Things have been really busy around here since January and even though I snuck off to the desert in March, I found myself feeling drained and uninspired. So I stumbled upon a “staycation” of sorts as projects for clients were done remarkably and uncharacteristically early. This allowed me time to read, research my new show, and hang out with my niece and nephew. I was also able to show up for some people in my life who needed the support so that felt good too. The real miracle here (and for non-addicts I realize how stupid this sounds) is that by just being open and available my life has been really fun and lovely. I no longer spend days wanting to drink or get high. I have a spiritual life and love in my life and blah blah blah. What’s incredible is that I don’t wake up in panic or constant calamity everyday. For years, there was always some impending doom or shitstorm brewing. And most of the drama in my life was handcrafted by your’s truly. Right before I quit drinking, I remember laying in my hallway crying and having a hard time breathing.  My stomach was tied in knots and I was in bad shape. Things had gotten really jacked up and I was feeling like my life was about to be over. Turns out I was right! And thank God. Now a few years later, I can actually be present and have fun and sleep well at night. It’s so crazy to be able to feel and experience every part of my life. The good, the bad and the glittery.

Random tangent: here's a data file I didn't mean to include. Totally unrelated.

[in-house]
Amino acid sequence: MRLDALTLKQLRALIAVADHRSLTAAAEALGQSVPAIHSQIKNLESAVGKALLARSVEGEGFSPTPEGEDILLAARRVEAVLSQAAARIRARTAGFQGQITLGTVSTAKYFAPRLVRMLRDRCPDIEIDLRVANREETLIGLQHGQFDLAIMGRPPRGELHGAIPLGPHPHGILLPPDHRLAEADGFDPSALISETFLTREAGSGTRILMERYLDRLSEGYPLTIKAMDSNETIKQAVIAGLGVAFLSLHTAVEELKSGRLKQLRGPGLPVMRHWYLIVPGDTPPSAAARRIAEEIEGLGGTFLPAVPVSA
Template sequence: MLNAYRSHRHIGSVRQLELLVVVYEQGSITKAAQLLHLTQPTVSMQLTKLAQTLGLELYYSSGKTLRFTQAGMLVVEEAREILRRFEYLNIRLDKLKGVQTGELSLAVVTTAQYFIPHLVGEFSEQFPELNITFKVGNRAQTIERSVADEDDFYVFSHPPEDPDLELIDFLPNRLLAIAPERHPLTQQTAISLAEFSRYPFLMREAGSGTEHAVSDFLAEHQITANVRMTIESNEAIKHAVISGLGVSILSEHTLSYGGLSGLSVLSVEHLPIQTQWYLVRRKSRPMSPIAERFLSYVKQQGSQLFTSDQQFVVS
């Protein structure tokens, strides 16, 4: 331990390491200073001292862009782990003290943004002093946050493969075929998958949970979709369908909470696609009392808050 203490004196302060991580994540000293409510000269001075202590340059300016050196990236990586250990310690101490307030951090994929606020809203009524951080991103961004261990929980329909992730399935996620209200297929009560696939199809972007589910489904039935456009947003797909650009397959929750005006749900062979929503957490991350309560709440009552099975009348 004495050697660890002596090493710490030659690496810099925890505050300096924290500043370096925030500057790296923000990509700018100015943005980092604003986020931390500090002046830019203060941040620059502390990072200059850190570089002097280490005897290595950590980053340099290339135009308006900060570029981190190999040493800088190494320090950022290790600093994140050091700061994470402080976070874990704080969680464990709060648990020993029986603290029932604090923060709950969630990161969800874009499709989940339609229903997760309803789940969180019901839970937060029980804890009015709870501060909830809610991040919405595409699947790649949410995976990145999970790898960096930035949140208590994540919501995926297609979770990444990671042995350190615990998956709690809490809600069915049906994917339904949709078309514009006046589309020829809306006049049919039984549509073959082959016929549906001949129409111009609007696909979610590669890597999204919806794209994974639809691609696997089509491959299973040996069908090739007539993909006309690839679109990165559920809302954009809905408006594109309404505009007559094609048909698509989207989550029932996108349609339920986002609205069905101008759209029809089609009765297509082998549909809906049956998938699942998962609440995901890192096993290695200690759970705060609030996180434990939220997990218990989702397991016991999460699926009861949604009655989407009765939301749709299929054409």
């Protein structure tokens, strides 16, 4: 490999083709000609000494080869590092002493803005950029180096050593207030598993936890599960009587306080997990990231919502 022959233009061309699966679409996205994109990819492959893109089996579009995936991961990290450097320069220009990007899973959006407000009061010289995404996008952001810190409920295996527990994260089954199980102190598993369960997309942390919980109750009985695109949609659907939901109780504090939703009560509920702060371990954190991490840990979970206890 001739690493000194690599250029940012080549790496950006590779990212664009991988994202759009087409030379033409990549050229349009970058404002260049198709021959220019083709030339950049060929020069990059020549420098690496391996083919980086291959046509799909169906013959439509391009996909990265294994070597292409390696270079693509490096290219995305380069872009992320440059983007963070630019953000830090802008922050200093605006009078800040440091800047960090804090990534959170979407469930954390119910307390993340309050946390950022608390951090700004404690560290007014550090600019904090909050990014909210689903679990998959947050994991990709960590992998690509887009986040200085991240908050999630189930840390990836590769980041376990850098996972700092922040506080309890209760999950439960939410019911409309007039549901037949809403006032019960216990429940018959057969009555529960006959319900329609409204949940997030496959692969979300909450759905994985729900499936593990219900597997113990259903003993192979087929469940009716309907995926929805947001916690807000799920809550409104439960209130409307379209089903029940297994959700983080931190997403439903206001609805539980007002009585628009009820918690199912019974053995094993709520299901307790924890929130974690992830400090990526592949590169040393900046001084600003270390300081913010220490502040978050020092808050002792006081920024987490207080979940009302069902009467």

So friends and inspirations, what have you been doing to enjoy and savor your life so far this summer? And what’s that little activity or gift from the universe that never fails to put a smile on your face? Fill my comments section with happiness and joy. That’s an order!

Disco Damage

If you randomly bust into dance moves when you hear “Le Freak” by Chic  coming from the sound system at the grocery store, if you still expect to be on the guest list even though you have been to a nightclub in several years or if you suffer from minor hearing loss due to dancing next to speakers for an extended period of time; you may be suffering from disco damage. Other common symptoms include the unwavering belief that nothing gets good until after 12am, spontaneously yelling “Hey girl!” at drag queens even if you don’t know them and  a deep desire to dance instead of dealing with your life.

Disco damage sufferers like myself have a had tough week. The back-to-back deaths of Donna Summer and Robin Gibb reinforced the depressing, unavoidable truth: nothing,not even a great dance song, lasts forever. I was a toddler during the original disco era but the beat must have seeped into my brain at an early age because my whole life I’ve been in love with dance music. Yes, I am aware that an affinity for dance music is part of my gay DNA but disco and the culture around it were very much a fantasyland and that appealed to me very much as a future drug addict and alcoholic.